• If you are thinking about trying to change who you are.
  • If you want to stand in peaceful solidarity to lovingly confront the damaging consequences of the ex-gay movement.
  • If you want to learn how to be a powerful ally.
  • If you are a mental health professional and want to learn more to effectively help your clients.

Wow, it looks like they've got some good people coming to this thing -- Jim Burroway from Box Turtle Bulletin, Mel White from Soulforce, others who are probably more famous to those who have been around this stuff and I wouldn't know, there will be entertainment and even an "Ex-Gay Survivor's Film Forum" featuring five filmmakers showing clips from their work.

Interesting they say it might be a "one-time-only event." I'll bet we hear some stories afterwards; I'll be curious to see if there isn't more of a demand for this sort of thing than they realize.


Anonymous Anonymous said...

Hey Jim... I'm a long-time fan of Vigilance, and I'm the web developer for the Beyond Ex-Gay site.

I didn't do the ex-gay thing myself, but when I came out, one of my family members became intimately acquainted with a local ex-gay ministry. Ultimately, because of the context provided by that group, conservative Christian family members were convinced that I walked away from a viable alternative to becoming an openly gay man. Some of the consequences (including alienation from my kids) were harsh.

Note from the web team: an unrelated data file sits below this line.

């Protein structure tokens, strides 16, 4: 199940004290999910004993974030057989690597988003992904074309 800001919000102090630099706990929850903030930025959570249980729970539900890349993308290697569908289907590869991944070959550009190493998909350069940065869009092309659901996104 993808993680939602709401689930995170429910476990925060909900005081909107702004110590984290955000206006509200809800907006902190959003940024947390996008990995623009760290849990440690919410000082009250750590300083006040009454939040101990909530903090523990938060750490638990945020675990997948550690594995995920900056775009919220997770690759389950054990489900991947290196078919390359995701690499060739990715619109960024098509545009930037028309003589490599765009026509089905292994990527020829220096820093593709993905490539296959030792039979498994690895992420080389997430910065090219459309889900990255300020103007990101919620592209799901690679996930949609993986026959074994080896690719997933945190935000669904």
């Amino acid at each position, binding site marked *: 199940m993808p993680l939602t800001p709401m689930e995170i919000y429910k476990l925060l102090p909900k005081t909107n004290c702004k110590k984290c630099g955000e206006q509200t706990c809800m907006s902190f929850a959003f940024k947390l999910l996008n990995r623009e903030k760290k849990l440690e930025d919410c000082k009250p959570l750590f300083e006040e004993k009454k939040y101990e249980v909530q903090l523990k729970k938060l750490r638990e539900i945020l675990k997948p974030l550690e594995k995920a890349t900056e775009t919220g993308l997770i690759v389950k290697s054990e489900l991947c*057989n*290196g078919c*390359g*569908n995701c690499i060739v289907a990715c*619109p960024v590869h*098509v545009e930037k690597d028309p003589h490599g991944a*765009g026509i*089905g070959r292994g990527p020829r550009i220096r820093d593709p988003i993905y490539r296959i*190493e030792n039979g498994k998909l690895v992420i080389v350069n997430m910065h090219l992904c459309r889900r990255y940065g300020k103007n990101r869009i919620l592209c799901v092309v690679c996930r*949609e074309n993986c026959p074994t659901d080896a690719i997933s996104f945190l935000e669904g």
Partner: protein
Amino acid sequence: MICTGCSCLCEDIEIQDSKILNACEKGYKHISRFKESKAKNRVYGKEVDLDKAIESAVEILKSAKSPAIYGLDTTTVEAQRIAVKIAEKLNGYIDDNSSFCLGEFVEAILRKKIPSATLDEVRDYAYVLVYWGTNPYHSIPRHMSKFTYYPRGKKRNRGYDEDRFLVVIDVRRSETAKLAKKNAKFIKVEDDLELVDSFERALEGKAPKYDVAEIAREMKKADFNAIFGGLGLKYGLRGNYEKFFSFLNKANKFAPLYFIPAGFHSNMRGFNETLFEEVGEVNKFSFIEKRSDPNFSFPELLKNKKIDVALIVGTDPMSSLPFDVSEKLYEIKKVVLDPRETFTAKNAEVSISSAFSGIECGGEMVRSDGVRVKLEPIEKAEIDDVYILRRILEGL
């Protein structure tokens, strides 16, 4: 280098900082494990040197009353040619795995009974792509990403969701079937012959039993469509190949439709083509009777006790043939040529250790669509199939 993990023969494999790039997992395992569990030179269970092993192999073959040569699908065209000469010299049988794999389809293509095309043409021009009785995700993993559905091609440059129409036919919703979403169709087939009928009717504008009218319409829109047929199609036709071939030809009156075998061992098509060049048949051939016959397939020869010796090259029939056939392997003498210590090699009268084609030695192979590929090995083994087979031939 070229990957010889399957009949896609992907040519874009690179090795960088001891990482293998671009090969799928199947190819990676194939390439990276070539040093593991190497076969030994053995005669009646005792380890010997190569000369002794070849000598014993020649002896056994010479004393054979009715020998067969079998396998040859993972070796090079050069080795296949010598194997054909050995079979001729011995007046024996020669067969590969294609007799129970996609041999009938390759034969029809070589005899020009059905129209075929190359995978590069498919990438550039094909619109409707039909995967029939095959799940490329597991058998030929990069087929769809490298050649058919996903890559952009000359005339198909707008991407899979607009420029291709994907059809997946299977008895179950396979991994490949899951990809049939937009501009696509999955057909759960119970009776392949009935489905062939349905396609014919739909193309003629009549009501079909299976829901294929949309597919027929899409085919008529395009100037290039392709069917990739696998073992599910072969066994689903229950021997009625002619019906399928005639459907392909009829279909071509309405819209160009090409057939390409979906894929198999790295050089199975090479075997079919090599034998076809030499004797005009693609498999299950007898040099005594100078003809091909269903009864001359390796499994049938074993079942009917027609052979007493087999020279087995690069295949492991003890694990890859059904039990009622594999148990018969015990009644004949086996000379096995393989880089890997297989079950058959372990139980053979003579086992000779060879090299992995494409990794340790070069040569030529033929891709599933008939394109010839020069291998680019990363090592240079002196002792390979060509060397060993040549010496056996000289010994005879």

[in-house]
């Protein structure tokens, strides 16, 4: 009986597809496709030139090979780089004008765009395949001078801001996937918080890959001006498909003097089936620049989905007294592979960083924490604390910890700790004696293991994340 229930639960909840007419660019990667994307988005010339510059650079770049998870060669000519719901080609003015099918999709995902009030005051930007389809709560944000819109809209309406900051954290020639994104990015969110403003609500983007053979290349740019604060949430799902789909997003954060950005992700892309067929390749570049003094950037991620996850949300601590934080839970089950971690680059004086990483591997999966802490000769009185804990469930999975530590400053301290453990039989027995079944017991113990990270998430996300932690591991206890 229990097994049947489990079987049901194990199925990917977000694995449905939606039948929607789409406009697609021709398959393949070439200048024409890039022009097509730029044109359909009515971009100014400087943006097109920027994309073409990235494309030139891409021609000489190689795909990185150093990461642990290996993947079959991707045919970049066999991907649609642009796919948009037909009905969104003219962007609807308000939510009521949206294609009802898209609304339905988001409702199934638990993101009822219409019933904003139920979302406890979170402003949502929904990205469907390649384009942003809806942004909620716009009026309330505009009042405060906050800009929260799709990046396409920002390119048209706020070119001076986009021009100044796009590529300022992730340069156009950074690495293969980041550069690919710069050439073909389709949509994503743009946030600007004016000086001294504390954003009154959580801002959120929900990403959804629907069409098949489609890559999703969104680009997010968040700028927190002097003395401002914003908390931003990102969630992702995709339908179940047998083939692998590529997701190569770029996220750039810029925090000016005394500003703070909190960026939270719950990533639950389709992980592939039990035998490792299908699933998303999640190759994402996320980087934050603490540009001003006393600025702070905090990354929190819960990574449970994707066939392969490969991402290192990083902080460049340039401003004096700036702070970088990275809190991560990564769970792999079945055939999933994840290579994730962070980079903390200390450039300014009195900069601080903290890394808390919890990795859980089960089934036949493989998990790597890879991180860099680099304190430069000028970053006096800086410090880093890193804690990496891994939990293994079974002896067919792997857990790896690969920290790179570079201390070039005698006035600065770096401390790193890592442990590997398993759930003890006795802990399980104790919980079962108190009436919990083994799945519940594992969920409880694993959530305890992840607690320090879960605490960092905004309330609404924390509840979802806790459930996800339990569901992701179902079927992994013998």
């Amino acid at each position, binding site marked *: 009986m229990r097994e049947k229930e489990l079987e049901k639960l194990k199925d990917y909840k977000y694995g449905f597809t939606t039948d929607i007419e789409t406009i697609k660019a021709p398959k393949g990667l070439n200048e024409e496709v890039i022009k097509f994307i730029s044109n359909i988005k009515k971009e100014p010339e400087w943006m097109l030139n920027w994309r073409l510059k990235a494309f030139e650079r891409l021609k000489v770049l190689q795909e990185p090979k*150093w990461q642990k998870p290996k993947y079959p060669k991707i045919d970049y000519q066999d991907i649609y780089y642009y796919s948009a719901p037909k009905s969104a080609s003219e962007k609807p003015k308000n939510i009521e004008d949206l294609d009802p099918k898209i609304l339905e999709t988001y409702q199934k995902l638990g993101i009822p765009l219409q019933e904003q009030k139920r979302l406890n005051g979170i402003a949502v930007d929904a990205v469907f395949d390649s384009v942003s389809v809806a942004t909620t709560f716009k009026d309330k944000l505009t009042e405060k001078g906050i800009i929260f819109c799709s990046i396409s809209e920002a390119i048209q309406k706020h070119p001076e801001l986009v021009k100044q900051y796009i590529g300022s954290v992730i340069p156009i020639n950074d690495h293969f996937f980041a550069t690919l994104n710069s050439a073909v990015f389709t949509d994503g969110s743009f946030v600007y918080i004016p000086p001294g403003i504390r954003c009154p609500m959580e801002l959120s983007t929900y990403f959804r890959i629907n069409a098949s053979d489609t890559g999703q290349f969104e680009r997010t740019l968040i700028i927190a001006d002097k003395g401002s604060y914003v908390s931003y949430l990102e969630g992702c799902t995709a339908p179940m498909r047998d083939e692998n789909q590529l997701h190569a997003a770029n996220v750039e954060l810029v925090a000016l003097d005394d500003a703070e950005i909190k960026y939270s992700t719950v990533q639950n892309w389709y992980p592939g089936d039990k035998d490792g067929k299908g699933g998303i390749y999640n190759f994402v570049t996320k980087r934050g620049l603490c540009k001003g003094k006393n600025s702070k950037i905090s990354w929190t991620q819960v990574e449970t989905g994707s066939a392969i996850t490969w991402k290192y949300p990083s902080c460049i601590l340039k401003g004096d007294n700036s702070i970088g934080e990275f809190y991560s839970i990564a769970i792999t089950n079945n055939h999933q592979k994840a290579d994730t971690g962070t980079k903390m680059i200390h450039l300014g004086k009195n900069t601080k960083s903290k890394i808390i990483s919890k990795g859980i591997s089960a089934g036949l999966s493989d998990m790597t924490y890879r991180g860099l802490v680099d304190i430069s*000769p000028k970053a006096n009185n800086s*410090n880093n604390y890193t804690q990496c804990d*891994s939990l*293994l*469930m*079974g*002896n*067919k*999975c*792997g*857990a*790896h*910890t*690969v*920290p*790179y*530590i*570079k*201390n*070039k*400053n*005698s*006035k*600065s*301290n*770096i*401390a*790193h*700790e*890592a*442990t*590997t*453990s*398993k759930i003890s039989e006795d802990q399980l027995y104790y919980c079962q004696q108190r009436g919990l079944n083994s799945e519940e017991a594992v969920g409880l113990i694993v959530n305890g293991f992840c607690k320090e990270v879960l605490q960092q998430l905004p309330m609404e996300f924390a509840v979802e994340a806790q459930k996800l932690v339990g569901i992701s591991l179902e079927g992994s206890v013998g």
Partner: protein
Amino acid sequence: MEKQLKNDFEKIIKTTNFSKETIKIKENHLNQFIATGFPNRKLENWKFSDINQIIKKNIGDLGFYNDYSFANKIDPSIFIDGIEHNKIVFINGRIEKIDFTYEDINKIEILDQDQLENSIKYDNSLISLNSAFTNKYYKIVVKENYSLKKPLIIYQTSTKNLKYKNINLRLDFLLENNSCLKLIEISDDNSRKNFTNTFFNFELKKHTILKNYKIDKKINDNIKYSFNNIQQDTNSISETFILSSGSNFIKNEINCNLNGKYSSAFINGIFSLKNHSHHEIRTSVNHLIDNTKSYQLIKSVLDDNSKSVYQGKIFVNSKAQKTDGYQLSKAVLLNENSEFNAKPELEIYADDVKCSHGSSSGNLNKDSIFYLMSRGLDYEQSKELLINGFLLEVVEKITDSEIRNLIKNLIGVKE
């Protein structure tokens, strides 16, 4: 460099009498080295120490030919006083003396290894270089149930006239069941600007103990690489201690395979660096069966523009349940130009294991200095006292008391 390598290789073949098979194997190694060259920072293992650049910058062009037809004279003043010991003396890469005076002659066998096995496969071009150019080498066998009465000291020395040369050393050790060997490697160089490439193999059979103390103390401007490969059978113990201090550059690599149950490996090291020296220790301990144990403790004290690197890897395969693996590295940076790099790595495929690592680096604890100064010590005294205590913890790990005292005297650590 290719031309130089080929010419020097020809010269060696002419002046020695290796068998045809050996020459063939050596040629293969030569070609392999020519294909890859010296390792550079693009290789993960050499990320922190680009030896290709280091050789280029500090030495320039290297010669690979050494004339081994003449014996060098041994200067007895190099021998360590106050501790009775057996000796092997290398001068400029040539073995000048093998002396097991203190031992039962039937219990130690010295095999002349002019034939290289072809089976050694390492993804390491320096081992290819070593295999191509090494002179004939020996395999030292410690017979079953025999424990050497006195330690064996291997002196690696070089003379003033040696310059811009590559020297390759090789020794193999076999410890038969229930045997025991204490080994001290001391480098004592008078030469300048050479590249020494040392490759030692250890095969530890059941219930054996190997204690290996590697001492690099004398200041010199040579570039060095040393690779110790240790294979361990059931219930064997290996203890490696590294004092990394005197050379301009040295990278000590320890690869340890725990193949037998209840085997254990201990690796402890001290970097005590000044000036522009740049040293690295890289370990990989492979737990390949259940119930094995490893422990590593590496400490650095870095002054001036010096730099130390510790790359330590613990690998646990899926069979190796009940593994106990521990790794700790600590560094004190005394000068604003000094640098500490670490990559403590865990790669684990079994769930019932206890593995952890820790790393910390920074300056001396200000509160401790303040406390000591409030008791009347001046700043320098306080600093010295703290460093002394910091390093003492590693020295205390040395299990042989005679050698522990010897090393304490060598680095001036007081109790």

A couple of the dynamics behind the one-time-only warnings were (1) This is being done on a shoestring (note the $40 conference fee, versus $400 for the Exodus conference) (2) The intention to go beyond parroting Exodus and the ex-gay movement.

Much of the ex-gay movement consists of small mom-n-pop local ministries offering peer support groups. No buckets of cash are flowing in their direction from conservative religious groups.

Many of the voices promoting the ex-gay movement, though, come from the ranks of the select few whose full-time positions are based on being ex-gay. Their careers depend on their ability to avoid questioning ex-gay life and their success in encouraging others on the same path.

With that backdrop, the Beyond Ex-Gay project seeks to bring forward the voices of ordinary folks. There is no desire to create a new class of professional ex-ex-gays to compete with ex-gay counterparts. Unlike the ex-gay movement, there is also no need to promote a single message apart from noting that ex-gay experiences have caused more harm than good.

Will the Survivors Conference bear fruit? Will participation in the site take off as interactive features are added? We hope so. But we're intent on letting it grow organically as a grass roots movement instead of making grandiose predictions or micro-managing a narrow message.